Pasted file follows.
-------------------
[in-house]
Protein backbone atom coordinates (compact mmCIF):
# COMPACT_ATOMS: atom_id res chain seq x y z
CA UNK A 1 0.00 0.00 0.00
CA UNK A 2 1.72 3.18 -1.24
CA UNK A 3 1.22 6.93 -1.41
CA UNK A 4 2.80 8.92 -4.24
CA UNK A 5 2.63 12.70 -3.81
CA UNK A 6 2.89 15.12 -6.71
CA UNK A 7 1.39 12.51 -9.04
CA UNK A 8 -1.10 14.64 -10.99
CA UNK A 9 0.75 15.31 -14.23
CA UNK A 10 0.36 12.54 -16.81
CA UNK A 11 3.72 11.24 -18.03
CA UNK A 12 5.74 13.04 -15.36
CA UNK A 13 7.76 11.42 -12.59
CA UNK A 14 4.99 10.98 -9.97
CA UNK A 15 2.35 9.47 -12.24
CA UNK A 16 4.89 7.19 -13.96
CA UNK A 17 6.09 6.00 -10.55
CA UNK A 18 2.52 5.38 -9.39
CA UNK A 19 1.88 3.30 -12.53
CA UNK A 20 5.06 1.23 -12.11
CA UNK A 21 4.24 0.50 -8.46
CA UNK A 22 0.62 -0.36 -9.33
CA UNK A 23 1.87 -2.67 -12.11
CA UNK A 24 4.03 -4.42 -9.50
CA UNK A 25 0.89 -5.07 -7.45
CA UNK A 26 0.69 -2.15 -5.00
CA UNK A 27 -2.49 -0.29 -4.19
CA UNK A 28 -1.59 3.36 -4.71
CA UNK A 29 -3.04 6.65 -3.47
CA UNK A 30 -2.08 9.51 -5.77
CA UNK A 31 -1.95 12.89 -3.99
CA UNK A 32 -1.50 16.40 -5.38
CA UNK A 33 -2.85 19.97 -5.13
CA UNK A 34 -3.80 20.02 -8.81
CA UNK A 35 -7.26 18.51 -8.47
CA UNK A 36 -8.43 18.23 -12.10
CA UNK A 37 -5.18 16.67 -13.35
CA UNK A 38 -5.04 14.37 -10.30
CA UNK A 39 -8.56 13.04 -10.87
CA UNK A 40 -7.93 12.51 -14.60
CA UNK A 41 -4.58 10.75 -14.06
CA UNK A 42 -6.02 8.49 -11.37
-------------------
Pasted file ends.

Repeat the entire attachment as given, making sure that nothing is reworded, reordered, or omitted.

[in-house]
Protein backbone atom coordinates (compact mmCIF):
# COMPACT_ATOMS: atom_id res chain seq x y z
CA UNK A 1 0.00 0.00 0.00
CA UNK A 2 1.72 3.18 -1.24
CA UNK A 3 1.22 6.93 -1.41
CA UNK A 4 2.80 8.92 -4.24
CA UNK A 5 2.63 12.70 -3.81
CA UNK A 6 2.89 15.12 -6.71
CA UNK A 7 1.39 12.51 -9.04
CA UNK A 8 -1.10 14.64 -10.99
CA UNK A 9 0.75 15.31 -14.23
CA UNK A 10 0.36 12.54 -16.81
CA UNK A 11 3.72 11.24 -18.03
CA UNK A 12 5.74 13.04 -15.36
CA UNK A 13 7.76 11.42 -12.59
CA UNK A 14 4.99 10.98 -9.97
CA UNK A 15 2.35 9.47 -12.24
CA UNK A 16 4.89 7.19 -13.96
CA UNK A 17 6.09 6.00 -10.55
CA UNK A 18 2.52 5.38 -9.39
CA UNK A 19 1.88 3.30 -12.53
CA UNK A 20 5.06 1.23 -12.11
CA UNK A 21 4.24 0.50 -8.46
CA UNK A 22 0.62 -0.36 -9.33
CA UNK A 23 1.87 -2.67 -12.11
CA UNK A 24 4.03 -4.42 -9.50
CA UNK A 25 0.89 -5.07 -7.45
CA UNK A 26 0.69 -2.15 -5.00
CA UNK A 27 -2.49 -0.29 -4.19
CA UNK A 28 -1.59 3.36 -4.71
CA UNK A 29 -3.04 6.65 -3.47
CA UNK A 30 -2.08 9.51 -5.77
CA UNK A 31 -1.95 12.89 -3.99
CA UNK A 32 -1.50 16.40 -5.38
CA UNK A 33 -2.85 19.97 -5.13
CA UNK A 34 -3.80 20.02 -8.81
CA UNK A 35 -7.26 18.51 -8.47
CA UNK A 36 -8.43 18.23 -12.10
CA UNK A 37 -5.18 16.67 -13.35
CA UNK A 38 -5.04 14.37 -10.30
CA UNK A 39 -8.56 13.04 -10.87
CA UNK A 40 -7.93 12.51 -14.60
CA UNK A 41 -4.58 10.75 -14.06
CA UNK A 42 -6.02 8.49 -11.37